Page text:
Every year around this time I like to recap the past year's spooky movie viewing. Perhaps you'll find something here to enjoy during your Halloween weekend festivities? Please share your own recommendations in the comments!
[All plot blurbs and metacritic scores are from imdb.com.]
It Follows (2014)
A young woman is followed by an unknown supernatural force after getting involved in a sexual encounter.
This indie film seemed to be the darling of many critics -- Entertainment Weekly reminded me of it over and over in the months following its release. I don't think I had unreasonably high expectations, but I was let down. Perhaps I just didn't appreciate the concept of a sexually transmitted ghost/demon. I didn't connect to the characters, so the horror wasn't as effective it could have been. But I have to give it credit for being different. (Available for purchase/rental from various vendors)
Watch the trailer. (Metascore: 83/100)
Crimson Peak (2015)
In the aftermath of a family tragedy, an aspiring author is torn between love for her childhood friend and the temptation of a mysterious outsider. Trying to escape the ghosts of her past, she is swept away to a house that breathes, bleeds - and remembers.
A gorgeous film dripping with Gothic iconography, Crimson Peak is disturbing, certainly, but a bit too "on the nose" to be scary. I wish del Torro had focused less on ghostly special effects and more on the horror of what we can't see. Still, it's quite a spectacle and, in my opinion, deserves a second viewing. (In theaters now.)
Watch the trailer. (Metascore: 67/100)
Kylie Bucknell is forced to return to the house she grew up in when the court places her on home detention. However, when she too becomes privy to unsettling whispers & strange bumps in the night, she begins to wonder whether she's inherited her overactive imagination, or if the house is in fact possessed by a hostile spirit who's less than happy about the new living arrangement.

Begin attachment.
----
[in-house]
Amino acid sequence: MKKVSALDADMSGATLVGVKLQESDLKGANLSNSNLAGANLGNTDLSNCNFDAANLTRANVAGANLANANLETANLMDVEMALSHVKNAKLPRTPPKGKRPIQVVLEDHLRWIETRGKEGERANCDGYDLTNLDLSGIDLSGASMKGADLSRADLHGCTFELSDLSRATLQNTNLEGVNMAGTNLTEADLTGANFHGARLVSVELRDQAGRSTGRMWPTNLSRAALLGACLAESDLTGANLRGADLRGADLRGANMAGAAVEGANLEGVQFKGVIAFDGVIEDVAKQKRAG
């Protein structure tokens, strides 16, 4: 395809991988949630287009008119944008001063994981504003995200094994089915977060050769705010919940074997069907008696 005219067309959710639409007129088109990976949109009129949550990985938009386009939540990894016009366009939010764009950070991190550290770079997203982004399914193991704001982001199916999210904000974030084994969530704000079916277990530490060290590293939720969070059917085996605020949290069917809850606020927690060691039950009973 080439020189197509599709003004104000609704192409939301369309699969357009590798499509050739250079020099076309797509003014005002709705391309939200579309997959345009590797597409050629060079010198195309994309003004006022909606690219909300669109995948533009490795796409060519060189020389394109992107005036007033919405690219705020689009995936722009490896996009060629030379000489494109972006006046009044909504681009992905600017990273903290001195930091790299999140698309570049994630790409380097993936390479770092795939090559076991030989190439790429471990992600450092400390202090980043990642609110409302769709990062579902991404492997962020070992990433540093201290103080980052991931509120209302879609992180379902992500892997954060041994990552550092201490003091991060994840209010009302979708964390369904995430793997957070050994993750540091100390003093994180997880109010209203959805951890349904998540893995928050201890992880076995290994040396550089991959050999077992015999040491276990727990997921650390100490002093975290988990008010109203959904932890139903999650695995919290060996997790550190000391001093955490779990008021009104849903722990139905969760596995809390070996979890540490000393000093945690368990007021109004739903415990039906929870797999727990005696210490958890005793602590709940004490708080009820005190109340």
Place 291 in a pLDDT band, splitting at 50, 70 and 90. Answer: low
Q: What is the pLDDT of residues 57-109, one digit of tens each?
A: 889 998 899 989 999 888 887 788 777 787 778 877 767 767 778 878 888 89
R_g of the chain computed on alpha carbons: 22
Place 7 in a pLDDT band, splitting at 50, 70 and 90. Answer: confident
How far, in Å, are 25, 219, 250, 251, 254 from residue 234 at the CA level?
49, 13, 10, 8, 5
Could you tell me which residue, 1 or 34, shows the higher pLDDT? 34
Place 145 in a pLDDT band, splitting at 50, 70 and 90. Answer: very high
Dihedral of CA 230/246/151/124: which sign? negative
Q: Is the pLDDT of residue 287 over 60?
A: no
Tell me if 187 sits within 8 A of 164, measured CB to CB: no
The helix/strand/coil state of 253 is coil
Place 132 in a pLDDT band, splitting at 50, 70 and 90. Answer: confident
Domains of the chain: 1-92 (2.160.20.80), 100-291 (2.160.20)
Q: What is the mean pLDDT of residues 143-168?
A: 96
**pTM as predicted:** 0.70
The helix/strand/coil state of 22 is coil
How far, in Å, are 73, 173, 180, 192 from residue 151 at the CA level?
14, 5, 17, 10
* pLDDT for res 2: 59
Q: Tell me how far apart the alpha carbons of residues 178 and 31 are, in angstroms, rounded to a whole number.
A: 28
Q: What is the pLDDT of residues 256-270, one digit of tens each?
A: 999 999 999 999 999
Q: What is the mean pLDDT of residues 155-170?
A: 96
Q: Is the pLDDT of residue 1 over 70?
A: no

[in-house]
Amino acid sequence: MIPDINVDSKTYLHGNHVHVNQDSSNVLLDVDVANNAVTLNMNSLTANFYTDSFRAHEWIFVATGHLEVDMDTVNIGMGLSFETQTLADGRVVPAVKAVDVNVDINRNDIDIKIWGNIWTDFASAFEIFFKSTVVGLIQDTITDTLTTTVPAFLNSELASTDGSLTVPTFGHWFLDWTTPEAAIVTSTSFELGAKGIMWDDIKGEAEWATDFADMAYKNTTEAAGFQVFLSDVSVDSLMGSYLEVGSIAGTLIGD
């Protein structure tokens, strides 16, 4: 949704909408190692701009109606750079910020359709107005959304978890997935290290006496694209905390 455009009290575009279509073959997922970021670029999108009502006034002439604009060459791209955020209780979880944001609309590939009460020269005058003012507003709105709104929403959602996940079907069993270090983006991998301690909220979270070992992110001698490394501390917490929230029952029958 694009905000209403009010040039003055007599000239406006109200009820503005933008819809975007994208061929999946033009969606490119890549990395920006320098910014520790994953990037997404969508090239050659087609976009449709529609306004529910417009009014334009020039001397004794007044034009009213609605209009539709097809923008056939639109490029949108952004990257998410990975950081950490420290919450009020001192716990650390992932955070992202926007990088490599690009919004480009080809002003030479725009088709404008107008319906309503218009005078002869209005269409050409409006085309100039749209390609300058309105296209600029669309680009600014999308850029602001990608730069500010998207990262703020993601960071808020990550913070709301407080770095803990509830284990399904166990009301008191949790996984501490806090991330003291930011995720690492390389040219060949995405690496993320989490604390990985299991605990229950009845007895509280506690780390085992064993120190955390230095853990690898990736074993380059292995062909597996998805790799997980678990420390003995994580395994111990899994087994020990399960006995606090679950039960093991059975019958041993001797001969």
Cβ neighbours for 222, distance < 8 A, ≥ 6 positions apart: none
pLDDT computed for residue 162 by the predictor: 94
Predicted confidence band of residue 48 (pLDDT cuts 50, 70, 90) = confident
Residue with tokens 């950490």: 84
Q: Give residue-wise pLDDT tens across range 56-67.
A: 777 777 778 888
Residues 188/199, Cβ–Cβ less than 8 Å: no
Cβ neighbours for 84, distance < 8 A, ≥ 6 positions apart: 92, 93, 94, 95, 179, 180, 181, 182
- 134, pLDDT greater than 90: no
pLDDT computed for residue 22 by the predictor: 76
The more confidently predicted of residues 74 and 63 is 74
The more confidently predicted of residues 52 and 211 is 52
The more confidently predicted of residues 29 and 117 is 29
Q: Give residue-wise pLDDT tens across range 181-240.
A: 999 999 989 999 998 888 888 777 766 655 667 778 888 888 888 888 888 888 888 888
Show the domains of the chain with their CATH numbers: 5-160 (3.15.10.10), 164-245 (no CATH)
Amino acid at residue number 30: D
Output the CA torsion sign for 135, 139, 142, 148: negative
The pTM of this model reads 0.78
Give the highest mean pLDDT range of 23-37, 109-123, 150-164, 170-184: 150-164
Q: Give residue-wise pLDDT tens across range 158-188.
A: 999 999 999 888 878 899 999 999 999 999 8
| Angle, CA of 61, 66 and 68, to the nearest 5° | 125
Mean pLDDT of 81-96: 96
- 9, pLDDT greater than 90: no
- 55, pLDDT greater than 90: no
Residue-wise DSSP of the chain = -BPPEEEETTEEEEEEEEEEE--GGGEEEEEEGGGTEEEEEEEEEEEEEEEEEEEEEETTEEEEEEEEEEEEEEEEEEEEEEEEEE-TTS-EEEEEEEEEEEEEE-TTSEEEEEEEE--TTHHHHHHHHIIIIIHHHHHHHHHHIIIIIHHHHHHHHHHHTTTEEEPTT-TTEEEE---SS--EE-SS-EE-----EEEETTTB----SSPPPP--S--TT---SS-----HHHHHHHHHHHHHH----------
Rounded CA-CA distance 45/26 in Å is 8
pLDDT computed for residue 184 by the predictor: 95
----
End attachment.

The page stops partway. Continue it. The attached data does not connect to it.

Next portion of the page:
This film from New Zealand is quirky and character-driven, with plenty of humor to balance the horror. It takes risks, and perhaps not all of them pay off, but I appreciate the attempt. (Netflix streaming, also available for purchase/rental from various vendors]
Watch the trailer. (Metascore: 76/100)
The Ring (2002)
A journalist must investigate a mysterious videotape which seems to cause the death of anyone in a week of viewing it.
People have recommended this film to me for years, and now I see why. It's not without its flaws, but the performances are strong (I love Naomi Watts!), and the horror lingers long after the film is over. I particularly enjoyed the film-within-a-film component -- I love stories that involve the close study of clues in a film strip, photograph, or sound clip. STRONG warning for animal horror/violence. (Available for purchase/rental from various vendors.)
Watch the trailer. (Metascore: 57/100 -- surprising since this is considered a horror classic?)
The Babadook (2014)
A single mother, plagued by the violent death of her husband, battles with her son's fear of a monster lurking in the house, but soon discovers a sinister presence all around her.
Anyone wishing to study tension in film should take a look at this Australian/Canadian offering -- at times the tension and dread are almost unbearable. Essie Davis (Miss Fisher!) is brilliant as a single mom struggling with grief and her son's seemingly overactive imagination. One of the best horror films I've seen. [Netflix streaming, also available for purchase/rental from various vendors)
Watch the trailer. (Metascore: 86/100)
Recaps from previous years:
2014 recommendations: Mama, Stoker, and Lake Mungo
2013 recommendations: The Changeling, El Orfanato (The Orphanage), Below, and Janghwa, Hongryeon (A Tale of Two Sisters)
2012 recommendations: The Pact and The Awakening. Also (each a separate post) Dead of Night, The Uninvited, The Innocents, and The Haunting.
[Cross-posted at Livejournal]
3 hours ago